One of North America’s major online footwear retailers is making the transition from e-commerce to bricks and mortar, with a new Toronto store that combines elements of online shopping and in-store browsing for a modern retail experience.
The move is, in part, a strategy to cater to shoppers who aren’t comfortable shopping online. A large proportion of consumers likely fall into that category when it comes to shopping for shoes, given that sizes tend to vary slightly between brands, and the opportunity to try them on can help shoppers avoid ending up with a pair that doesn’t fit quite right.
By incorporating online shopping stations right into the store, Shoes.com hopes to make new customers more comfortable with the online shopping experience.
The establishment of a physical retail presence also allows the company to develop a stronger connection with its existing customers, according to Jonathan Zhu, assistant store manager, who offered tours of the store during a media event this week.
“Being a really stable online retail space, we want to make that personal connection. We want our customers to see the people behind the shoes and behind the website, and this is our opportunity to do that,” Zhu says. “To be a part of the community is really important to us.”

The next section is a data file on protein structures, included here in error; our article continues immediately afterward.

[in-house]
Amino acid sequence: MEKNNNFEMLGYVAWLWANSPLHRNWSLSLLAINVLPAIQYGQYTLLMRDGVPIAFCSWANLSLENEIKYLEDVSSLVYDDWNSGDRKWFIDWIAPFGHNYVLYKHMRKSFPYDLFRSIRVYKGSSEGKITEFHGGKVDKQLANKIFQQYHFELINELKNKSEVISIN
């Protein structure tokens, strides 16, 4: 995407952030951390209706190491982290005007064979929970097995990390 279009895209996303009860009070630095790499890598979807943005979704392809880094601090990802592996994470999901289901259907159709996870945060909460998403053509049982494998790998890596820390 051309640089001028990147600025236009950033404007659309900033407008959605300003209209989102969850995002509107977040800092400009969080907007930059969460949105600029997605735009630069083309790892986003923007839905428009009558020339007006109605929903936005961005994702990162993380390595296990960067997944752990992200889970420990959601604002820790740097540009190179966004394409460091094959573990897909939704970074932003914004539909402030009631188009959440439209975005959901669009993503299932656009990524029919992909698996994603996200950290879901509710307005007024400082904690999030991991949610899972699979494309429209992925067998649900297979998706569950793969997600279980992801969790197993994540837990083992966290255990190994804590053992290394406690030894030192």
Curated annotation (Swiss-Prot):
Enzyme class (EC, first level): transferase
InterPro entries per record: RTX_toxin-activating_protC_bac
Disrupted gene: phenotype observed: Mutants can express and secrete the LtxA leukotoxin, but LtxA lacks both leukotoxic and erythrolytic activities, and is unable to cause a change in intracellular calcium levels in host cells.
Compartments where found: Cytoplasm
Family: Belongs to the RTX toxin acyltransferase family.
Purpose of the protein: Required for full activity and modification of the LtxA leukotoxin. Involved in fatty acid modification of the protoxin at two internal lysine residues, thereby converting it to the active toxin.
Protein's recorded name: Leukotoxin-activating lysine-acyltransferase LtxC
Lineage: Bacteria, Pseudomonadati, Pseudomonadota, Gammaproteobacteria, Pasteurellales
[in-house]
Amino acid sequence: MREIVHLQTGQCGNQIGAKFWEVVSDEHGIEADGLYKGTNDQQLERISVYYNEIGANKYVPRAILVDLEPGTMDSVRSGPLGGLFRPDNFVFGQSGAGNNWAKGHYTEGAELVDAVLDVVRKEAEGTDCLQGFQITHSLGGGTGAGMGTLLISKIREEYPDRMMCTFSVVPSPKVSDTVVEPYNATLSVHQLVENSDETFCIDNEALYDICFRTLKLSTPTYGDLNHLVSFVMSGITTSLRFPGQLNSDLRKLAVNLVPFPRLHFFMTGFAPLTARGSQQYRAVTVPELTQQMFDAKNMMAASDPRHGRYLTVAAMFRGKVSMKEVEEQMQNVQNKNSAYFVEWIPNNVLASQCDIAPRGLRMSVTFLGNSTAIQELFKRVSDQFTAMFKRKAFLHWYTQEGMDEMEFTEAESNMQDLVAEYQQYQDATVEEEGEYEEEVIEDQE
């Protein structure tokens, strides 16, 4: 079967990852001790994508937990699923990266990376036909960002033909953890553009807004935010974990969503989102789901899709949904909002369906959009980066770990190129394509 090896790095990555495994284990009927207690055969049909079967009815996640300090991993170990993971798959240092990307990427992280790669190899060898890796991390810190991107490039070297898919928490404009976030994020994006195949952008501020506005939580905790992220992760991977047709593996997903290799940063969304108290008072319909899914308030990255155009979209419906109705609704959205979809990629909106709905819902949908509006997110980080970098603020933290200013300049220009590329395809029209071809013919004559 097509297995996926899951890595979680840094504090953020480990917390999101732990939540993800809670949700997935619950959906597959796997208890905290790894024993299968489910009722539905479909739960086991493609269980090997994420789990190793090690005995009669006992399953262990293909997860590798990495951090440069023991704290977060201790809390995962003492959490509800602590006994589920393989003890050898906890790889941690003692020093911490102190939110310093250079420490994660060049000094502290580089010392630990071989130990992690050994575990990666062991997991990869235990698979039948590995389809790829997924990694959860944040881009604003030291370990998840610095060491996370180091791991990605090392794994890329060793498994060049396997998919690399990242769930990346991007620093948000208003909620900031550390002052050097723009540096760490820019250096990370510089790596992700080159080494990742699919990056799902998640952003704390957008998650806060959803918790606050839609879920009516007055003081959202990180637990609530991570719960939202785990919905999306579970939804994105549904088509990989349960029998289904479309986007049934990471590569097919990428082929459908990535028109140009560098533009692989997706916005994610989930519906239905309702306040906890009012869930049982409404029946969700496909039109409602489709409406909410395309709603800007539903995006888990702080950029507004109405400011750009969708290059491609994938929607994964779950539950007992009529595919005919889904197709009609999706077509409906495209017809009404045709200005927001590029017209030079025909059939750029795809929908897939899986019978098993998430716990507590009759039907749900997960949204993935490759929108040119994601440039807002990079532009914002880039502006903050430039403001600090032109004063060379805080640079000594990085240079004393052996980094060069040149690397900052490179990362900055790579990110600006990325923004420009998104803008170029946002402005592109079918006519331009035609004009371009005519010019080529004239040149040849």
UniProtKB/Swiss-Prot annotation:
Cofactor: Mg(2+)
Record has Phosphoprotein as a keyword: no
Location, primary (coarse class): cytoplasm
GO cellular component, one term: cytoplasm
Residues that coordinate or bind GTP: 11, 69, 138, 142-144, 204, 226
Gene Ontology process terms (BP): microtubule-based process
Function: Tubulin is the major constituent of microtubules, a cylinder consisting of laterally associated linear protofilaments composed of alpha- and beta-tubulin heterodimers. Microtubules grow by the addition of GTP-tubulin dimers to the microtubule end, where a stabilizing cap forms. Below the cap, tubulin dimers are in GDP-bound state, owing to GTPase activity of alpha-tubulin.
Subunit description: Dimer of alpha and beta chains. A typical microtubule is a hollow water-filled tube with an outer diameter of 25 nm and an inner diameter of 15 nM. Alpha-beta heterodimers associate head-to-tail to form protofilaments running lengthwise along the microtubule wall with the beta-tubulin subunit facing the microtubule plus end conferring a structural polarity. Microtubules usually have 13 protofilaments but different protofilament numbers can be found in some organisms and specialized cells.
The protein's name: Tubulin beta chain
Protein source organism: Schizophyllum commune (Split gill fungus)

The store is divided into three main sections:
1. the “Home Room”, at the front of the store, aims to reflect the home page of the Shoes.com website, showcasing a variety of different popular styles and brands;
2. the “Dressing Room”, in the middle of the store, is set up as a boutique that will put a spotlight on five to six specific brands;
3. the “Editor’s Room”, at the back of the store, aims to reflect the local community, showcasing merchandise from various designers and entrepreneurs from the city in which the store is located.
“More so than a corporate space, you’ll get the feeling of a boutique from us, and the fact that we’re really in tune with our community,” Zhu says.
Each store that the company opens will be unique, with the Editor’s Room being the key differentiating component. In the new Toronto store, for instance, the Editor’s Room will initially feature Toronto-based hat designer Jason Mitchell and his brand Coup de Tete, as well as Armed Jewelry, a local brand founded by designer Desiree Girlato.
“Every one of our stores is going to have a different vibe,” Zhu says. “There’s going to be different personalities from the community incorporated into the stores.”
The online shopping terminals will be available for customers to browse and order items not available in store, using the company’s new artificial intelligence-powered shopping tool, called Smart Shopper. The tool helps customers narrow down their search by learning their style preferences and displaying the merchandise that is most relevant to each individual.
Shoes.com plans to open a second store in Vancouver in September, with other locations likely to follow.